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More Students Earning College Credit In High School

On a sunny Thursday afternoon at Waiʻanae High School, a handful of students listened intently as University of Hawaiʻi–West Oʻahu Associate Professor Kealani Cook talked about aboriginal peoples as part of their History 151 class. The students were earning college credits as part of the growing Early College Program in Hawaiʻi.

Early College is an important way for students from across the state to get a head start by earning college credits for courses taken while still in high school. Increasing numbers of Hawaiʻi high school students are utilizing Early College and other dual-credit programs.

Waiʻanae High School student Jeffrey Jones, Jr. said, “Early college is a really good opportunity for both me and my classmates. It gives us a feel for what we are going to get when we become college students.”

Hawaiʻi P-20 Partnerships for Education, an organization that works on programs and policy to strengthen the pipeline from early childhood through post-secondary education, recently released a report that shows a growing number of Hawaiʻi’s public high school students are taking college-level courses and earning dual credits—for both high school and college—before they graduate.

Up to 10 percent of the class of 2015 statewide earned college credits from the University of Hawaiʻi while attending high school, up four percent from the class of 2013.

“The momentum around the dual credit and early college initiatives is incredible, and the increase in dual credit completion by high school students is evidence of the strong partnership between the Hawaiʻi Department of Education and UH,” said Karen Lee, executive director of Hawaiʻi P-20 Partnerships for Education. “We are starting to see the results of this program in the college enrollment rates and preparation for college-level courses by our students who participated.”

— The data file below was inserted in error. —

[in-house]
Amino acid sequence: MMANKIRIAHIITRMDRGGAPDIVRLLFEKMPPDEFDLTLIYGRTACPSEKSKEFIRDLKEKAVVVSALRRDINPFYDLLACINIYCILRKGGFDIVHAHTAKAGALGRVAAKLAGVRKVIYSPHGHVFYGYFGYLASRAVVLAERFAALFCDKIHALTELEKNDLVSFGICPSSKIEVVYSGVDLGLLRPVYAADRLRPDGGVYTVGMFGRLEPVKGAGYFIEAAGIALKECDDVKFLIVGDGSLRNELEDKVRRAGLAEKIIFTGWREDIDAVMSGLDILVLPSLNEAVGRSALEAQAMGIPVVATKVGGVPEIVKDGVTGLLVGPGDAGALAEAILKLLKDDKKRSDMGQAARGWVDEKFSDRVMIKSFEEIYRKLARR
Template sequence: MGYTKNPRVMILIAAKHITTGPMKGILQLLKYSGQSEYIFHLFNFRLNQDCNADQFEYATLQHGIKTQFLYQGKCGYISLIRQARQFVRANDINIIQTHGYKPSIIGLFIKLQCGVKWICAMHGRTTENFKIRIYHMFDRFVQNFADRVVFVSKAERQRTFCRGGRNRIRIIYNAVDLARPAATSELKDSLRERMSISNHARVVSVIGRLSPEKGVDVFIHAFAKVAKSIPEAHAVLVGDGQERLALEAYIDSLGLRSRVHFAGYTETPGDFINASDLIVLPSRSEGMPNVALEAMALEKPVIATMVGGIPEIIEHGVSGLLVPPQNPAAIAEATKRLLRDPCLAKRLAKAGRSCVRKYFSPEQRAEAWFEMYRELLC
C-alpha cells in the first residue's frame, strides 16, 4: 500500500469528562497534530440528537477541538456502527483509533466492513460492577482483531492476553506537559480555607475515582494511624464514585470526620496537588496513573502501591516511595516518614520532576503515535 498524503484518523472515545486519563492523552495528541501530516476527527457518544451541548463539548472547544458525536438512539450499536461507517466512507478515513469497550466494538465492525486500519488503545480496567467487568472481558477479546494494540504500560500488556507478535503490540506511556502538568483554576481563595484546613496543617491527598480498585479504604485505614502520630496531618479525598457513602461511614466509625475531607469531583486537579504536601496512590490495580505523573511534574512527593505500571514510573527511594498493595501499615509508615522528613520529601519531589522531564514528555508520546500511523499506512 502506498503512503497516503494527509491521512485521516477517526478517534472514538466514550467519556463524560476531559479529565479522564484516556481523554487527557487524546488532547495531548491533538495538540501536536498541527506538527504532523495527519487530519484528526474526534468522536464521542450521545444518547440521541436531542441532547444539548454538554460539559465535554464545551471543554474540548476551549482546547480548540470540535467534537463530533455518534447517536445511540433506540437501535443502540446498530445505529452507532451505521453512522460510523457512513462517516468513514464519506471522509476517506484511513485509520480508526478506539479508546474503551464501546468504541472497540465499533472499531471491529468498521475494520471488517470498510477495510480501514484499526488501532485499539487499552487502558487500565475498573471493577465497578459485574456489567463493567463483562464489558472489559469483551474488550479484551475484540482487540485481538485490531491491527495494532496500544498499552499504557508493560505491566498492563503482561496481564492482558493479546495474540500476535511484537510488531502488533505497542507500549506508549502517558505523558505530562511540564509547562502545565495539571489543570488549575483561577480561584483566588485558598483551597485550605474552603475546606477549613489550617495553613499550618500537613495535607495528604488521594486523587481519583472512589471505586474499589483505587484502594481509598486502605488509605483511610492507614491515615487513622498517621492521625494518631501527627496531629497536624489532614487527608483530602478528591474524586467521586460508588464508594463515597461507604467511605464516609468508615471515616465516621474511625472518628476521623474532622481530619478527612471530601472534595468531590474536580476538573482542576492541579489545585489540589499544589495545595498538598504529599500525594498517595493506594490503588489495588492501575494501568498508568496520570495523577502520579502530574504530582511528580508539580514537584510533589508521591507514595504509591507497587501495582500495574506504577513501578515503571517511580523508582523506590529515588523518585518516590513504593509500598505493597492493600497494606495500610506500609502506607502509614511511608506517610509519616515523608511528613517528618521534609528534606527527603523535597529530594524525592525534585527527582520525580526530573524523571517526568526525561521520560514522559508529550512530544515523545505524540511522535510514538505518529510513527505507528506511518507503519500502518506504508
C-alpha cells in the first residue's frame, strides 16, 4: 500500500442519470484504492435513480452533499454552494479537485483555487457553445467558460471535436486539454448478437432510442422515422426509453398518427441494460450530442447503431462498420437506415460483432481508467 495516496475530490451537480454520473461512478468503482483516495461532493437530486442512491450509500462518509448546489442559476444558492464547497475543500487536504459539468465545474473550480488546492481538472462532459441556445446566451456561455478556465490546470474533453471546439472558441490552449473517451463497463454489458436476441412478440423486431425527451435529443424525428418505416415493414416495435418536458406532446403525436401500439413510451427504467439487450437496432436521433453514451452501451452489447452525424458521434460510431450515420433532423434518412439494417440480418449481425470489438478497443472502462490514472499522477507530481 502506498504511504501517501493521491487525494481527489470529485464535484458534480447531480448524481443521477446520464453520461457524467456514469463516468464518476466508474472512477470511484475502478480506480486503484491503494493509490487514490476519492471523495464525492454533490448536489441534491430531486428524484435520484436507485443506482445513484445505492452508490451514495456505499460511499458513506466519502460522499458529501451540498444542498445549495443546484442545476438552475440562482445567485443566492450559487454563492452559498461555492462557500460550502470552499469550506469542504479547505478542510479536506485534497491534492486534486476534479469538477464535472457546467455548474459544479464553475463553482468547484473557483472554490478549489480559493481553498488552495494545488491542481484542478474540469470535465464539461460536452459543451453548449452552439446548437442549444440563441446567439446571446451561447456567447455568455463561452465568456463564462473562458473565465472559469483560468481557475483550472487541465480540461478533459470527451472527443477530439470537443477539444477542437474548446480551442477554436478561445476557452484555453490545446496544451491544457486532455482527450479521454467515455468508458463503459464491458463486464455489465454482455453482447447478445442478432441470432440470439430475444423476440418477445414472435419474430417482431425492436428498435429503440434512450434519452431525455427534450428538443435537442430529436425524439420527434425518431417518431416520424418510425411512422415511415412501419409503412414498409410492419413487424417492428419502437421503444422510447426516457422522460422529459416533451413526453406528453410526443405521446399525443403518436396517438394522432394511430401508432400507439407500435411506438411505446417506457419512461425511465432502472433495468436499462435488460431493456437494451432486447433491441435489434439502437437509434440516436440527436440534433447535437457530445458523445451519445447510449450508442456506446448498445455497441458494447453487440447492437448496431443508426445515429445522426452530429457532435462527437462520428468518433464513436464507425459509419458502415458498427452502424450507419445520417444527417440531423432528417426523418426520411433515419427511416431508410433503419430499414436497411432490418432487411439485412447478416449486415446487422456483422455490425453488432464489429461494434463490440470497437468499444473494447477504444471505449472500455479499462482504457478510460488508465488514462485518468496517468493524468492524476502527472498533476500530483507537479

The increase in dual-credit participation and college-level preparation is a boost toward achieving Hawaiʻi’s 55 by ’25 education goal of 55 percent of working age adults holding a 2- or 4-year college degree by 2025.

Associate Professor Kealani Cook

West Oʻahu Associate Professor Kealani Cook

“The reason why we’re really pushing this is because many national reports are showing in Hawaiʻi more jobs are requiring post-secondary education,” said Lee. “So something beyond high school in order for students to get a living wage job.”

Research shows that participation in college-level coursework during high school can increase students’ exposure and aspirations for postsecondary success. High school students who graduate with college credits are more likely to enroll, persist and succeed in higher education.

Czarina Galario, a Waipahu High School student said, “Waipahu High School is offering it to us for free. I know other schools don’t have it so we might as well take advantage of it, because it’s dual credits for high school and for college.”

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